The following is an elaborated version of the brief talk I gave at my Netroots Nation panel.
The U.S. economy is in serious trouble, mired in a period of slow growth and high prices -- i.e., stagflation. Worse, high prices can largely be traced to escalating fossil fuel costs that are almost certain to continue rising for the foreseeable future.
Our trade debt is enormous, as we, in Gore's words, borrow money from China to buy oil from Saudi Arabia. We're shedding jobs -- according to economist Dean Baker, it's increasingly possible that total job growth under eight years of Bush will come in under the average single-year job growth under Clinton. Median wages have barely kept pace with inflation. The inequality gap is enormous and growing. Consumers are swamped in debt and losing confidence. This generation may be the first in a long while to leave the U.S. worse off than they found it.
It's grim. What should be done?
We have to attack both sides of the stagflation problem, by boosting growth and taking the sting out of energy costs.
Where can we find new sources of economic growth?
One obvious answer is energy itself, which according to VC guru John Doerr is a $6 trillion global business (makes IT look like peanuts). Right now that industry is almost completely dominated by fossil fuels (80 percent worldwide, 85 percent in the U.S.), and every country on the planet is looking to rapidly diversify. In other words, there's a market for non-fossil energy sources and energy efficiency that is, for all intents and purposes, unlimited.
And the shift away from fossil fuels is just getting started. That means there's a chance to get on board the rocket just as it takes off. Three strategies suggest themselves (sketched here in the most general terms):
- Seed the cutting edge. In the energy revolution, we're where the internet was in about 1995. There's an enormous wave of innovation coming. We should make sure a good chunk of it happens here by dumping big money into R&D, opening our absurd immigration system to engineers and entrepreneurs from abroad, and making our cities attractive to the "clusters" that foster innovation.
- Nurture nascent industries. Too many new ideas get stuck in the lab and never make the leap across the "valley of death" to market viability. Public policy can help remedy this problem in a number of ways. Directly, it can offer tax credits and subsidies that encourage nascent technologies (think Germany's feed-in tariff). Indirectly, it can create favorable market conditions by driving demand (public procurement, efficiency and output-based standards, RPS's) and internalizing fossil fuel externalities (carbon tax or cap-and-trade). Policy can also help foster rapid scale-up by sending money to community colleges, vocational schools, and job training programs, to help labor supply keep up with demand (it already isn't, and we're barely getting started).
- Drive down energy demand. There is no faster or more reliable way to help consumers get back on their feet than to help them reduce their exposure to volatile, rising energy prices that fluctuate based on events completely out of their control. And what helps consumers also helps the economy as a whole. Methods of increasing energy efficiency -- providing the same standard of living uses less primary energy -- are all but limitless. While the public generally thinks of efficiency in terms of individual products like lightbulbs and vehicles, there are also ways of making buildings, neighborhoods, and cities more efficient, with retrofits and higher building standards, more transportation options like car sharing and public transit, improved materials and water management, and smarter electrical grids. To wring these efficiencies out, we'll have to spend a great deal of money on infrastructure, thoughtfully remove regulatory barriers, and boost output-based standards in every sector.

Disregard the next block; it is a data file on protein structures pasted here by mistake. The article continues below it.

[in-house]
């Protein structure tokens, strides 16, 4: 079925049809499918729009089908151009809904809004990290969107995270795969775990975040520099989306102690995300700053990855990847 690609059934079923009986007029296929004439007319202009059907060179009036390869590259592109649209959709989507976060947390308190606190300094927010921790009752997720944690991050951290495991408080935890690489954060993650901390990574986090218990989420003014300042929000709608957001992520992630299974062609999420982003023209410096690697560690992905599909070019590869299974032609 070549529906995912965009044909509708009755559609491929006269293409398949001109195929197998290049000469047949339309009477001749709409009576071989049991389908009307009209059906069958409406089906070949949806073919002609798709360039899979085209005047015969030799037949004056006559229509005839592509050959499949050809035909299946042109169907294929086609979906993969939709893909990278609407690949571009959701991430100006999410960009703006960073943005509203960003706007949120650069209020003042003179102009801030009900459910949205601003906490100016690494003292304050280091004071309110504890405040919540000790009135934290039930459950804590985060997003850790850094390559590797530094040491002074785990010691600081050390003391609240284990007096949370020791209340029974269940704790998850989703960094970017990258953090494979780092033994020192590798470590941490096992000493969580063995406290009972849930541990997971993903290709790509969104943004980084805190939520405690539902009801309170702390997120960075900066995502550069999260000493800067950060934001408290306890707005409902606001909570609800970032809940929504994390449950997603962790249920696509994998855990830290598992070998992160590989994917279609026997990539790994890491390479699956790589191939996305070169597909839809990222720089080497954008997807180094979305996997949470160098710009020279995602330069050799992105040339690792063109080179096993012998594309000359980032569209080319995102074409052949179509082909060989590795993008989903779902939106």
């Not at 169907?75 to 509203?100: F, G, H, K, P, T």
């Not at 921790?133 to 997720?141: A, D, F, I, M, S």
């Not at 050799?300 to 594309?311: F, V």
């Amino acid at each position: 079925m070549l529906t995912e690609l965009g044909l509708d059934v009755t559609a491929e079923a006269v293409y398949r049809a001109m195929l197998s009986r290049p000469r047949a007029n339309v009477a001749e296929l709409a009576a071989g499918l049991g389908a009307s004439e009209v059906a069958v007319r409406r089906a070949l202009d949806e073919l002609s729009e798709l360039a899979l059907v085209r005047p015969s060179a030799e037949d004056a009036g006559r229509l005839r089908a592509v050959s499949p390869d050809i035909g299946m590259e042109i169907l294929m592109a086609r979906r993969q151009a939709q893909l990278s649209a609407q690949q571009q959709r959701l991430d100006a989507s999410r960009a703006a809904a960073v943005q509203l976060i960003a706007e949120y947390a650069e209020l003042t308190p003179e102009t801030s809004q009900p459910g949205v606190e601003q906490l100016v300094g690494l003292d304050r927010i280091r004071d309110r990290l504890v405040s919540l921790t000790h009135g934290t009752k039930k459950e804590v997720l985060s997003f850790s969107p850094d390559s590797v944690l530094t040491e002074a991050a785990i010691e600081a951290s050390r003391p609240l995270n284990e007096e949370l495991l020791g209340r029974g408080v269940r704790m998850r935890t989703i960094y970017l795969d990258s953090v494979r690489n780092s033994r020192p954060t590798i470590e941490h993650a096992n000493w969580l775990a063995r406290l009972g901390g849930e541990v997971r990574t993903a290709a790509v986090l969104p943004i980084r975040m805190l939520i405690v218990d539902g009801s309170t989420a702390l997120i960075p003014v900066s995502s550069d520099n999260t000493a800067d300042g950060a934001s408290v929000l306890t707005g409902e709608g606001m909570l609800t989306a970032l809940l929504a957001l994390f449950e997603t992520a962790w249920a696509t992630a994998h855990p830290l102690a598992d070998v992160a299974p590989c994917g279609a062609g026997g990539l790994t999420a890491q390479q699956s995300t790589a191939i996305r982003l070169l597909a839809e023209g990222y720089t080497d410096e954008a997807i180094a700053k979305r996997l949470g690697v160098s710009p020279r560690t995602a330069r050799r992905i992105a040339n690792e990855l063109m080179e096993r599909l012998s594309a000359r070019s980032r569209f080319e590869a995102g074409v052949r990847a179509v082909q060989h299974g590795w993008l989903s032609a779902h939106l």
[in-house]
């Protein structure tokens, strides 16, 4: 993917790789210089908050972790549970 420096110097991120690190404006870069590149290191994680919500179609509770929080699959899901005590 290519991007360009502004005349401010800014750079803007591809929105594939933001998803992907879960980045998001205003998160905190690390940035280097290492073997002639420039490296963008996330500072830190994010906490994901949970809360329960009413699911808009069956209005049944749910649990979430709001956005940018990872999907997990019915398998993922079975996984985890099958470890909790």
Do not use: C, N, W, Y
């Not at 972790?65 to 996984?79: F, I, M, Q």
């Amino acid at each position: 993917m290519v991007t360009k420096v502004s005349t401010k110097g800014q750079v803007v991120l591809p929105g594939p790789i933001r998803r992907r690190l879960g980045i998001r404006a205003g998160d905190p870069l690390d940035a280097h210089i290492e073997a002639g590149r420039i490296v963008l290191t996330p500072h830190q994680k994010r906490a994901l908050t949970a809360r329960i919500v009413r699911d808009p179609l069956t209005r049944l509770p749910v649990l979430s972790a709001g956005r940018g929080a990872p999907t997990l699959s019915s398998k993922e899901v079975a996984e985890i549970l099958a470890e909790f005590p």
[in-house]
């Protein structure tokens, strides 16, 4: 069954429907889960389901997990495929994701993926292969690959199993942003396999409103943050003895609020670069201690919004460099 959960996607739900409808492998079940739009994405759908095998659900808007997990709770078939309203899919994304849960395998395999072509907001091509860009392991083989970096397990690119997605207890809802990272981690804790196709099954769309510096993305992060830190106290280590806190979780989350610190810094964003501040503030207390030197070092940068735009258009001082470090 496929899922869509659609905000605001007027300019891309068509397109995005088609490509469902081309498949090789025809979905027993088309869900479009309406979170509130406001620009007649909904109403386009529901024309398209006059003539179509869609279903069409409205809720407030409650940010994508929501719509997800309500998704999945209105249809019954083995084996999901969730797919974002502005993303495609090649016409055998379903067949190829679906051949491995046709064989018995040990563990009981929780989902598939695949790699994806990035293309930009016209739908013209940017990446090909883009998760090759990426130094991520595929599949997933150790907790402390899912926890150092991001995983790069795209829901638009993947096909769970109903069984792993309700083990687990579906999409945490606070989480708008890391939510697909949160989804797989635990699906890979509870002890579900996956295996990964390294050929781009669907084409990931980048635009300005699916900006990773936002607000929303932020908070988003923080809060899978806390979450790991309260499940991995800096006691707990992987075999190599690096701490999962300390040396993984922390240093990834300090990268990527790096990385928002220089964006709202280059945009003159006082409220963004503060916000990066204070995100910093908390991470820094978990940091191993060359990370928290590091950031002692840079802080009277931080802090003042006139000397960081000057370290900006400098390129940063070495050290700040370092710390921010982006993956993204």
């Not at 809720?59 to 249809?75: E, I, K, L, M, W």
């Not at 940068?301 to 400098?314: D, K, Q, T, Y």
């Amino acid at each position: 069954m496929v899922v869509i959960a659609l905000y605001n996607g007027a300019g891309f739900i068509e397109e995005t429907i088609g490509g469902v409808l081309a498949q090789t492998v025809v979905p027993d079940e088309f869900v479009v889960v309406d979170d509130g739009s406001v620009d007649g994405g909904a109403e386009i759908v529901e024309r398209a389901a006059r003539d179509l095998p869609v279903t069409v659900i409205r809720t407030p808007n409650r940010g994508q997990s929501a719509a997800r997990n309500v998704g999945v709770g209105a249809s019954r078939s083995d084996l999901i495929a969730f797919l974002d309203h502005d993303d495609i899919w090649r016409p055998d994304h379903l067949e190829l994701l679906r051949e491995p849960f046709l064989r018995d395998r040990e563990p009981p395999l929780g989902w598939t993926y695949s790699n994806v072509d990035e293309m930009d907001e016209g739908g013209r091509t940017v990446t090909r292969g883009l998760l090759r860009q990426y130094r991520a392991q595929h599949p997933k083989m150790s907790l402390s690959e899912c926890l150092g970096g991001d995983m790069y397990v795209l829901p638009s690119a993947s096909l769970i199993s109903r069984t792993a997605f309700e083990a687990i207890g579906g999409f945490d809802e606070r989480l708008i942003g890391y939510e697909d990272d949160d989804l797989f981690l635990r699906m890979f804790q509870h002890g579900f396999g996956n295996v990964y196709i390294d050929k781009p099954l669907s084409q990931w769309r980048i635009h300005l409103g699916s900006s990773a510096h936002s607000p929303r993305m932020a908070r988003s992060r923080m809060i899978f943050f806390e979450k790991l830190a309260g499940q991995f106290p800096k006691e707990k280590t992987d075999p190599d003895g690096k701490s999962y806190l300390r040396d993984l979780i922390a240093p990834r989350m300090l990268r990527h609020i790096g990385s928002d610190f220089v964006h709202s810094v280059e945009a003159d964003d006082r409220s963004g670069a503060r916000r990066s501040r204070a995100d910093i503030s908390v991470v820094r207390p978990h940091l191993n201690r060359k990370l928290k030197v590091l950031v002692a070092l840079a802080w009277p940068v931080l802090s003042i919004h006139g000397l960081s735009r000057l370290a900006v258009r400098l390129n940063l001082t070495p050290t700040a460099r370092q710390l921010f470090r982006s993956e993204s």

These strategies will create new industries and new jobs, allow us to reduce the trade deficit, strengthen the dollar, and give the U.S. economy a stability and resiliency it can never achieve while its fate is tied to the vagaries of increasingly brittle international fossil fuel markets.
If you think of the U.S. "productivity recipe" as some mix of labor, energy, and capital, you can think of the way forward as using less energy and more labor. (The fossil fuel sector demonstrates extraordinarily low labor intensity. A dollar of investment moved from that sector to virtually any other -- in this case R&E -- yields up to seven times more jobs, according to Skip Laitner, an economist at ACEEE.)
Consider, for instance, retrofits: If we kick off a nationwide effort to retrofit the building sector for energy efficiency, we're trading a whole bunch of work (i.e. jobs) for a whole bunch of energy. With energy prices rising and a jobs crisis looming, that's an increasingly smart trade -- and as a bonus, money that would have gone to scarcity rents paid to foreign owners of oil will now go to productive domestic work. We'll be moving from a low-wage, high-waste economy to a high-wage, low-waste economy, and getting economic growth, security, and resilience in the bargain.
As economic development policy, as industrial policy, as urban policy, it's a no-brainer. And here's the punchline: Nowhere in the pitch do I use the word "green." Nowhere do I mention climate change or polar bears. You don't need them, and they don't help.
As Van Jones once told me, "For people with a bunch of opportunity, you tell them about the crisis. For people with a bunch of crisis, you tell them about the opportunities." America has a bunch of crisis. These are the opportunities.